Graduate - Research Focus Clusters for Graduate Study
Research Focus Clusters for Graduate Study
Maine has more lakes, miles of rivers, and acres of wetlands than all of the remaining New England states combined. These aquatic resources have provided ecosystem services to Maine residents since prehistory, and sustaining development in the State depends on a thorough understanding of their ecology. The University is uniquely positioned to provide research leadership and education in aquatic ecology.
Whether focused on birds, fish, or other organisms, SBE faculty are investigating a wide range of fascinating questions regarding the behavioral ecology of interacting species and the evolutionary origins of behavior.
Physiology and developmental biology lie at the core of advances in biomedical research. SBE faculty members conduct research in these areas, with a particular focus on functional analysis of the heart, kidney, and sensory organs, and molecular mechanisms underlying embryonic development of muscle and epithelial-mesenchymal interactions.
Integrative approaches to biology and evolution are so strong in the fields of development and genetics that the new terms Eco-Devo and Evo-Devo have been coined to accommodate them. SBE faculty in these fields use molecular and genetic tools to investigate problems related to the genetics of behavior, the genetics and molecular biology of differentiation, cardiac pacemaker physiology, and the genetics of environmental adaptation.
Organisms grow, reproduce , and respond to their environmental surroundings and stressors with a variety of physiological mechanisms and adaptations. SBE faculty are pursuing a number of intriguing research questions in the areas of ecophysiology and stress physiology.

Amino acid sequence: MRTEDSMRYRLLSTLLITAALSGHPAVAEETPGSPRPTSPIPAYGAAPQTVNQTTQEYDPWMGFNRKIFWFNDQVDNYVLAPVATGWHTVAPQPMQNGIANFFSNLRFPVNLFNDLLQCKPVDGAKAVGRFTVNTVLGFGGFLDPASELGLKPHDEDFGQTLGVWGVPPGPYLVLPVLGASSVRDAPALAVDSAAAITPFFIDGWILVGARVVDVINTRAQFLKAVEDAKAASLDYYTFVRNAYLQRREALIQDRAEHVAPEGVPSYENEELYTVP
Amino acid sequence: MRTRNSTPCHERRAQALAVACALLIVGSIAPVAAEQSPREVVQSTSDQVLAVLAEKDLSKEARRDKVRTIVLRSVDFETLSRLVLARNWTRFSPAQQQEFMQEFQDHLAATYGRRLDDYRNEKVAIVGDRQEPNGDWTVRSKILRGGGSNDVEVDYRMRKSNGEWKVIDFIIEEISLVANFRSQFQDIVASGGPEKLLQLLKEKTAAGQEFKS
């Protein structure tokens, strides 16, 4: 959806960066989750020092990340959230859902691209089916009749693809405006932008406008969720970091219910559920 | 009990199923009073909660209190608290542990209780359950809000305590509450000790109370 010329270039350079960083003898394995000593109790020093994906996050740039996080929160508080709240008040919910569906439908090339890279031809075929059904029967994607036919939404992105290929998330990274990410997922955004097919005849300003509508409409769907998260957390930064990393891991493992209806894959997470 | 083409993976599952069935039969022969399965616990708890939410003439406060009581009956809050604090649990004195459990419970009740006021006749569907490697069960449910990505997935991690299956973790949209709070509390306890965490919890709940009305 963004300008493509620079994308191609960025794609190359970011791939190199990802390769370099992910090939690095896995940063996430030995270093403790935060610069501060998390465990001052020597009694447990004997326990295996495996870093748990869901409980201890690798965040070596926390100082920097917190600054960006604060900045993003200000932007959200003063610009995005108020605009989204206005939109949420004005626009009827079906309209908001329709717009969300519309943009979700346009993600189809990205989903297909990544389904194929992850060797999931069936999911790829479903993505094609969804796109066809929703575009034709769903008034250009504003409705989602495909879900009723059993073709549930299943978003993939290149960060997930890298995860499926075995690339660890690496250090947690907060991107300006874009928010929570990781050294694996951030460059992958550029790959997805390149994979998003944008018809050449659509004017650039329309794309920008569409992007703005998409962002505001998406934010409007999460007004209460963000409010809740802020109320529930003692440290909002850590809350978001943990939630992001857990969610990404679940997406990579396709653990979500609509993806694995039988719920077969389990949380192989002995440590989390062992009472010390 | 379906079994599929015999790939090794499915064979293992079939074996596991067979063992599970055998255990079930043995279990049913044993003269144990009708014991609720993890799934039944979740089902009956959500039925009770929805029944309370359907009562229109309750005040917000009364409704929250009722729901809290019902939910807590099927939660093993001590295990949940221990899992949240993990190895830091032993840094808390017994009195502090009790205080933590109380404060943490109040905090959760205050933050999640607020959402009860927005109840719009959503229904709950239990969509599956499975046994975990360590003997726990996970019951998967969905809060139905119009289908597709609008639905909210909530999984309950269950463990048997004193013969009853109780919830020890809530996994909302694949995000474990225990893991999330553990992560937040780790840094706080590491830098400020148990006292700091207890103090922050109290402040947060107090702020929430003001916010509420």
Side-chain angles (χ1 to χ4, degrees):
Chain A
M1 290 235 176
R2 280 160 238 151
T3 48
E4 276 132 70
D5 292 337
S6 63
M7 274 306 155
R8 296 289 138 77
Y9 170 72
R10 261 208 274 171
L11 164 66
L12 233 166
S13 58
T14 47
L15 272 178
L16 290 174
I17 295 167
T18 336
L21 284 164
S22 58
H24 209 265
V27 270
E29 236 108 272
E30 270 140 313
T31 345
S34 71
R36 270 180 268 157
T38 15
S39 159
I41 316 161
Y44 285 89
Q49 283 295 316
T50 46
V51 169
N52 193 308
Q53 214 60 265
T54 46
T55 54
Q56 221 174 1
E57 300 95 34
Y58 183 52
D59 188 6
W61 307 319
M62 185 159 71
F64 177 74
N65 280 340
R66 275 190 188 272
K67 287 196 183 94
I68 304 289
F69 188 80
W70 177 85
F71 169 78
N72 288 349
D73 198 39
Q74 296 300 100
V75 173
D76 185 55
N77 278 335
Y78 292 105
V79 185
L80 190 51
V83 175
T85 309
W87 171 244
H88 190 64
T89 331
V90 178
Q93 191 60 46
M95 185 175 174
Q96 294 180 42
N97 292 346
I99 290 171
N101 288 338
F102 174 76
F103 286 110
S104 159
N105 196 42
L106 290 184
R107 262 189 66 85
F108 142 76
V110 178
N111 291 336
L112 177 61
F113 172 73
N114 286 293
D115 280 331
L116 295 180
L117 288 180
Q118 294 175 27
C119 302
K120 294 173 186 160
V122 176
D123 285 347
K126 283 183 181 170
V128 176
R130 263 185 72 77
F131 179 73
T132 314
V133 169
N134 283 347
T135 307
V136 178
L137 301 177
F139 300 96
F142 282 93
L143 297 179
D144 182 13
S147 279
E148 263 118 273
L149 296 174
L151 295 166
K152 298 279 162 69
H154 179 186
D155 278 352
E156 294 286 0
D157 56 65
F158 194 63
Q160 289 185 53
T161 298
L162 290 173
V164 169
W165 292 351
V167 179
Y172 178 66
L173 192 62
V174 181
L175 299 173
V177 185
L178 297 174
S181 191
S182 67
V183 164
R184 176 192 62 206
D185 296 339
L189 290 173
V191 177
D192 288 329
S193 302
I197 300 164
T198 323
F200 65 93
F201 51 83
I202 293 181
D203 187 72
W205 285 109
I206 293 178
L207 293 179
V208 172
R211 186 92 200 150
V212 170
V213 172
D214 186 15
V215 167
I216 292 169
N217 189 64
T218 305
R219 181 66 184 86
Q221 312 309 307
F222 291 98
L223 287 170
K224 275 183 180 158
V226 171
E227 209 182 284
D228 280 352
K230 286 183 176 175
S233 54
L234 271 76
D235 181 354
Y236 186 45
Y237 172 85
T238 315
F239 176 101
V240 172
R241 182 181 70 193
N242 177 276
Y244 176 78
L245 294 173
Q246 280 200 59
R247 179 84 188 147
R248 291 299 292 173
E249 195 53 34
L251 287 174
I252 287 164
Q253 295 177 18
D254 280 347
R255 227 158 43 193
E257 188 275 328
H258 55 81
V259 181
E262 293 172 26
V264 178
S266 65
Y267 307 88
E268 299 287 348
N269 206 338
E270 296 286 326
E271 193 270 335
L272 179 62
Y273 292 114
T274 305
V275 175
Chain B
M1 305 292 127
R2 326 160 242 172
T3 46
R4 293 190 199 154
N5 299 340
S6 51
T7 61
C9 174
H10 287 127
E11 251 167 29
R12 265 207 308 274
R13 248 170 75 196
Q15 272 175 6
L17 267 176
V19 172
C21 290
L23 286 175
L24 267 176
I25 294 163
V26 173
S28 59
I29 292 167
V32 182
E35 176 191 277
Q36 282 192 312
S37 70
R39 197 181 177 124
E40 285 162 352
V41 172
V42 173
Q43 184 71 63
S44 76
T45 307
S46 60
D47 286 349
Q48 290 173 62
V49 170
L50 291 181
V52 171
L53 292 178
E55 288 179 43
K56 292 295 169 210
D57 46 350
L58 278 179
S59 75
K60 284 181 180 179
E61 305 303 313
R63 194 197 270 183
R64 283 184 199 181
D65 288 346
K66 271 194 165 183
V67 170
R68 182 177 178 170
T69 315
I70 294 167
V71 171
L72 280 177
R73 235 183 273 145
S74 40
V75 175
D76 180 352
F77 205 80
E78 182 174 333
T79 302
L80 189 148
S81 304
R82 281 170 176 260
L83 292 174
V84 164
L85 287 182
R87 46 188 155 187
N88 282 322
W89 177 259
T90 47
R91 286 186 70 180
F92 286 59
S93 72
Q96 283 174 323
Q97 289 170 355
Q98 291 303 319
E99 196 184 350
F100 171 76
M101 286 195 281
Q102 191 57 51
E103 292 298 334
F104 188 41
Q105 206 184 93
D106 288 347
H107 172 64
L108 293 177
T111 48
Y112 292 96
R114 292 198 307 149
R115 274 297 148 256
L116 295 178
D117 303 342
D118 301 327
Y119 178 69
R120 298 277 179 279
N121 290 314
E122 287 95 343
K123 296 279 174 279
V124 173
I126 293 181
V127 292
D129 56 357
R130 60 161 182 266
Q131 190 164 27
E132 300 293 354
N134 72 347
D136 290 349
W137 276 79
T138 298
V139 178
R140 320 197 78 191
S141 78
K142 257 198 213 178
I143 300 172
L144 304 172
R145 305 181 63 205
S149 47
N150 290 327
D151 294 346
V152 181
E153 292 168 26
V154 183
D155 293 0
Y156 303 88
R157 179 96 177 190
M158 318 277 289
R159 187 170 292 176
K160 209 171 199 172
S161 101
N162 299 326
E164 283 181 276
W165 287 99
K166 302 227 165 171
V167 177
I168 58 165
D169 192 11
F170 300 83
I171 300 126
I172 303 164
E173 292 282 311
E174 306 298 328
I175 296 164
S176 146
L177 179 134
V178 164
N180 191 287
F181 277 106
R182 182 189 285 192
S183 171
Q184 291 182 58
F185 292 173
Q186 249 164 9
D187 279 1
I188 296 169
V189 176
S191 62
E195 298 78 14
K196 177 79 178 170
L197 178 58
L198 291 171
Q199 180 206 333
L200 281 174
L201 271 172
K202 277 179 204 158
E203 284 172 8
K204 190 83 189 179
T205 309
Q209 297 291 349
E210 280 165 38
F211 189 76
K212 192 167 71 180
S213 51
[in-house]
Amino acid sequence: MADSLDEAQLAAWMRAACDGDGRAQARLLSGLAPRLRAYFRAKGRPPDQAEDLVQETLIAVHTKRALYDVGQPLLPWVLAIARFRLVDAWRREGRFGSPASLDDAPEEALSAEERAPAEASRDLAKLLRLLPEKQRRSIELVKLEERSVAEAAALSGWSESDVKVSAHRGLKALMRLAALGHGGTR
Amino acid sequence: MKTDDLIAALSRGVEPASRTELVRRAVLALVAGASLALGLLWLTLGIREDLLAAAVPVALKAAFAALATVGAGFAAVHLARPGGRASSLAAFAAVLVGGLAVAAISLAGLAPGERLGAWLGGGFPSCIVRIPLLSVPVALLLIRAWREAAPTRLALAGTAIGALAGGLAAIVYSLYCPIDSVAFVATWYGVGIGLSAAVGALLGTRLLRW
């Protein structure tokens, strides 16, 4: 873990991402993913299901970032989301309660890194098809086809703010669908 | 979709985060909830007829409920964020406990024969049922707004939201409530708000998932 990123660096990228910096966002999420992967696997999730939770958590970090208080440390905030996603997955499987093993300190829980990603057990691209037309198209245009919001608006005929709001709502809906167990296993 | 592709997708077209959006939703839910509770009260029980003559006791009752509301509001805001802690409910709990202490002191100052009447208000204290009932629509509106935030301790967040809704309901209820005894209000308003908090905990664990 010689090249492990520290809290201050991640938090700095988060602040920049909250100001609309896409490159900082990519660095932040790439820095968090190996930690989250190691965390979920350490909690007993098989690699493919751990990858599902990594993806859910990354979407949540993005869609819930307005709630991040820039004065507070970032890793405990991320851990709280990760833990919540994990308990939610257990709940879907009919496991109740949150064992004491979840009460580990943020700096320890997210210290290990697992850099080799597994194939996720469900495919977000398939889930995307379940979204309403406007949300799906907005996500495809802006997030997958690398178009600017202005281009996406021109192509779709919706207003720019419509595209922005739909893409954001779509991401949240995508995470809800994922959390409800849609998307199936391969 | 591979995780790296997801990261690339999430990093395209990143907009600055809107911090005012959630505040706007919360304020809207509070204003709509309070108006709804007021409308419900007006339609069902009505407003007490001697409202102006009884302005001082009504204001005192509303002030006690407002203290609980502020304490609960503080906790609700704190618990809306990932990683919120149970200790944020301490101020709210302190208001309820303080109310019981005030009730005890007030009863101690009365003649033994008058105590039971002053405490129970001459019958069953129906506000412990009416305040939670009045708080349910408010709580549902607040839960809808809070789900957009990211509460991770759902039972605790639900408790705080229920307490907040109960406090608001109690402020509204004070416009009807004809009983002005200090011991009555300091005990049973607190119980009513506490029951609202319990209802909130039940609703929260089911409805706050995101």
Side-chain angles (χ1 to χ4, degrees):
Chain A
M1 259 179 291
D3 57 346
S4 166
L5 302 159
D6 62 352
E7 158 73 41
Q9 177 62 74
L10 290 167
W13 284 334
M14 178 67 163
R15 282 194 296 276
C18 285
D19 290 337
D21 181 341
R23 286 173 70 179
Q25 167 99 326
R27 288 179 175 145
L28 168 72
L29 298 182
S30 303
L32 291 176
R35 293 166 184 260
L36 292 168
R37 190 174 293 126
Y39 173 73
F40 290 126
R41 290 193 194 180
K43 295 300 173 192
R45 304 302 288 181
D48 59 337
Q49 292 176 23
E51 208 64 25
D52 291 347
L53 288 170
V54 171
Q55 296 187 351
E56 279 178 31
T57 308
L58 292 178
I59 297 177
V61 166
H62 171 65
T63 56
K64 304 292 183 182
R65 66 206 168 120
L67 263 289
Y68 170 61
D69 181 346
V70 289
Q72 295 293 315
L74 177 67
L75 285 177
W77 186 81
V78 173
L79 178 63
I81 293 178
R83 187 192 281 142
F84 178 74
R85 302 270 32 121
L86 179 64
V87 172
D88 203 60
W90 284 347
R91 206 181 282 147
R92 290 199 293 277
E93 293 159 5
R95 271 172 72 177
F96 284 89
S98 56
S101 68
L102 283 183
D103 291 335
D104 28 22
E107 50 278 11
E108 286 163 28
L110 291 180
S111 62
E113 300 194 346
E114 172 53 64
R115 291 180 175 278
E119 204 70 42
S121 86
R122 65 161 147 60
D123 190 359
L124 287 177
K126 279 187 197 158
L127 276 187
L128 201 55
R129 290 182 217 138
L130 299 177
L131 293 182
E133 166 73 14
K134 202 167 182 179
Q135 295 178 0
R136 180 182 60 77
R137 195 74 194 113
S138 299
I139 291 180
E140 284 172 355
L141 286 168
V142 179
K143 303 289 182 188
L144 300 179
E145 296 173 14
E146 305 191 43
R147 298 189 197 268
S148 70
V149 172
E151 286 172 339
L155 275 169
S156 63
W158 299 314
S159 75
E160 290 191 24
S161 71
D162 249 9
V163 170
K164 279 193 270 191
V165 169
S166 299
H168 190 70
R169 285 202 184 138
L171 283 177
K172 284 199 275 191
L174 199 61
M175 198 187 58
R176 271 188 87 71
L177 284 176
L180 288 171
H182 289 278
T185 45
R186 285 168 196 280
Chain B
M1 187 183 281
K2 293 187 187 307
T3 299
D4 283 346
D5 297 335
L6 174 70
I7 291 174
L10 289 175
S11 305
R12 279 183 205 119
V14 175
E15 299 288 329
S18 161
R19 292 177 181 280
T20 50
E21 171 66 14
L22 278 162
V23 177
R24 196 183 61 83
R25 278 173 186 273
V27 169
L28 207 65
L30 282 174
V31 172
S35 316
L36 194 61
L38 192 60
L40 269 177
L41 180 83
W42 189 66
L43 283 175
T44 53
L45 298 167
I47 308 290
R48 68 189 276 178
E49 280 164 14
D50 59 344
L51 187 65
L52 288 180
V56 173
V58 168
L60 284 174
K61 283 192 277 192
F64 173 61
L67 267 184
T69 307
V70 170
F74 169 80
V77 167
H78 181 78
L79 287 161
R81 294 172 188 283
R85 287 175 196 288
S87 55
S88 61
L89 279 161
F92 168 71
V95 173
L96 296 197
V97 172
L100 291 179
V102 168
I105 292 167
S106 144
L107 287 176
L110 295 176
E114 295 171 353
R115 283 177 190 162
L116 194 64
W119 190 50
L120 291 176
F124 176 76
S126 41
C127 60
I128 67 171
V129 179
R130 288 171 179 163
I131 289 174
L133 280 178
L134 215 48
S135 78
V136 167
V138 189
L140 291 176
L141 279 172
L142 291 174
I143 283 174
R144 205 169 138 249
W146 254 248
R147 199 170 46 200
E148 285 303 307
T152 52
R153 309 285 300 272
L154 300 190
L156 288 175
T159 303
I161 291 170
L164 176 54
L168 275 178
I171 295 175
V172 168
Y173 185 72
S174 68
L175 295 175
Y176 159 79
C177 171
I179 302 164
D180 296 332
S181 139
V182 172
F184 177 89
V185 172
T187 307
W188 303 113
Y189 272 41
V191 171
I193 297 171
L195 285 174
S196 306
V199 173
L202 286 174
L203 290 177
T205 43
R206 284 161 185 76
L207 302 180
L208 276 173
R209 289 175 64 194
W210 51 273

Evolutionary theory is one of the foundations of modern biology, and all levels of biological study require a consideration of the patterns and processes of evolution. SBE faculty are investigating core evolutionary concepts as they apply to animals, plants, and fungi, including the origins of biodiversity, phylogenetic relationships of taxa from species groups to phyla, and the nature of evolutionary processes that continually shape species interactions with their environment.
Managing pests such as plant-infesting insects and fungi and controlling invasions of exotic species requires research tools from the molecular and physiological to the broadly ecological. The State of Maine has a natural-resource based economy that is heavily dependent on forestry, agriculture, and tourism, all of which are influenced by pest insects, fungi, and other pathogens. Faculty members in the School of Biology and Ecology with backgrounds in entomology, plant pathology and invasion ecology are addressing issues related to pest biology and management in the traditional land grant areas of forestry and agriculture and are also investigating introduced, invasive organisms that threaten the integrity of our ecosystems.